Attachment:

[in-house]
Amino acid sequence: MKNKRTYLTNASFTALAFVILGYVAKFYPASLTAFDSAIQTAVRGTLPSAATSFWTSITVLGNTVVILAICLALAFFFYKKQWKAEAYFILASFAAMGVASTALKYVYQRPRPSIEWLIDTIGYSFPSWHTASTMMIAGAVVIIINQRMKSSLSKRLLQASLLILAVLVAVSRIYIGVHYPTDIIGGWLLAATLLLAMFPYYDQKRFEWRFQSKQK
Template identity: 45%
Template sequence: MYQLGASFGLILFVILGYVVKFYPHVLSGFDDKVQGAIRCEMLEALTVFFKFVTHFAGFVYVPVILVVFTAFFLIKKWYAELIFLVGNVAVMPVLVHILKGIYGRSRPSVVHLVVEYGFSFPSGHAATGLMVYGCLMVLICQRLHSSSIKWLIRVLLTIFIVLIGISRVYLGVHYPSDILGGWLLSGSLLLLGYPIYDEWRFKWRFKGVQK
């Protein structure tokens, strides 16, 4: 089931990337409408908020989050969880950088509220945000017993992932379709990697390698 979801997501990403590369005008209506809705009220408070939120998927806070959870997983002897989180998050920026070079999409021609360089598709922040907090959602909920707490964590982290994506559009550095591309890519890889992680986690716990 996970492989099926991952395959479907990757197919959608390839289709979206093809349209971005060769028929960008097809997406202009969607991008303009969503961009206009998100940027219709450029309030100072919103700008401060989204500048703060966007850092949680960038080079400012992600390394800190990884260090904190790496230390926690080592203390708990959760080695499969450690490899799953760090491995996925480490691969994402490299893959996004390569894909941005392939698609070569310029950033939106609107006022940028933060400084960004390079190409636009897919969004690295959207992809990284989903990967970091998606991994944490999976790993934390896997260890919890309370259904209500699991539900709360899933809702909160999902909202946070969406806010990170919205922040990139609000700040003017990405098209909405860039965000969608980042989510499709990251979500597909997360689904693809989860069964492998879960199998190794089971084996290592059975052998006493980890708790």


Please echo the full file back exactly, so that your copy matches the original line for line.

[in-house]
Amino acid sequence: MKNKRTYLTNASFTALAFVILGYVAKFYPASLTAFDSAIQTAVRGTLPSAATSFWTSITVLGNTVVILAICLALAFFFYKKQWKAEAYFILASFAAMGVASTALKYVYQRPRPSIEWLIDTIGYSFPSWHTASTMMIAGAVVIIINQRMKSSLSKRLLQASLLILAVLVAVSRIYIGVHYPTDIIGGWLLAATLLLAMFPYYDQKRFEWRFQSKQK
Template identity: 45%
Template sequence: MYQLGASFGLILFVILGYVVKFYPHVLSGFDDKVQGAIRCEMLEALTVFFKFVTHFAGFVYVPVILVVFTAFFLIKKWYAELIFLVGNVAVMPVLVHILKGIYGRSRPSVVHLVVEYGFSFPSGHAATGLMVYGCLMVLICQRLHSSSIKWLIRVLLTIFIVLIGISRVYLGVHYPSDILGGWLLSGSLLLLGYPIYDEWRFKWRFKGVQK
């Protein structure tokens, strides 16, 4: 089931990337409408908020989050969880950088509220945000017993992932379709990697390698 979801997501990403590369005008209506809705009220408070939120998927806070959870997983002897989180998050920026070079999409021609360089598709922040907090959602909920707490964590982290994506559009550095591309890519890889992680986690716990 996970492989099926991952395959479907990757197919959608390839289709979206093809349209971005060769028929960008097809997406202009969607991008303009969503961009206009998100940027219709450029309030100072919103700008401060989204500048703060966007850092949680960038080079400012992600390394800190990884260090904190790496230390926690080592203390708990959760080695499969450690490899799953760090491995996925480490691969994402490299893959996004390569894909941005392939698609070569310029950033939106609107006022940028933060400084960004390079190409636009897919969004690295959207992809990284989903990967970091998606991994944490999976790993934390896997260890919890309370259904209500699991539900709360899933809702909160999902909202946070969406806010990170919205922040990139609000700040003017990405098209909405860039965000969608980042989510499709990251979500597909997360689904693809989860069964492998879960199998190794089971084996290592059975052998006493980890708790």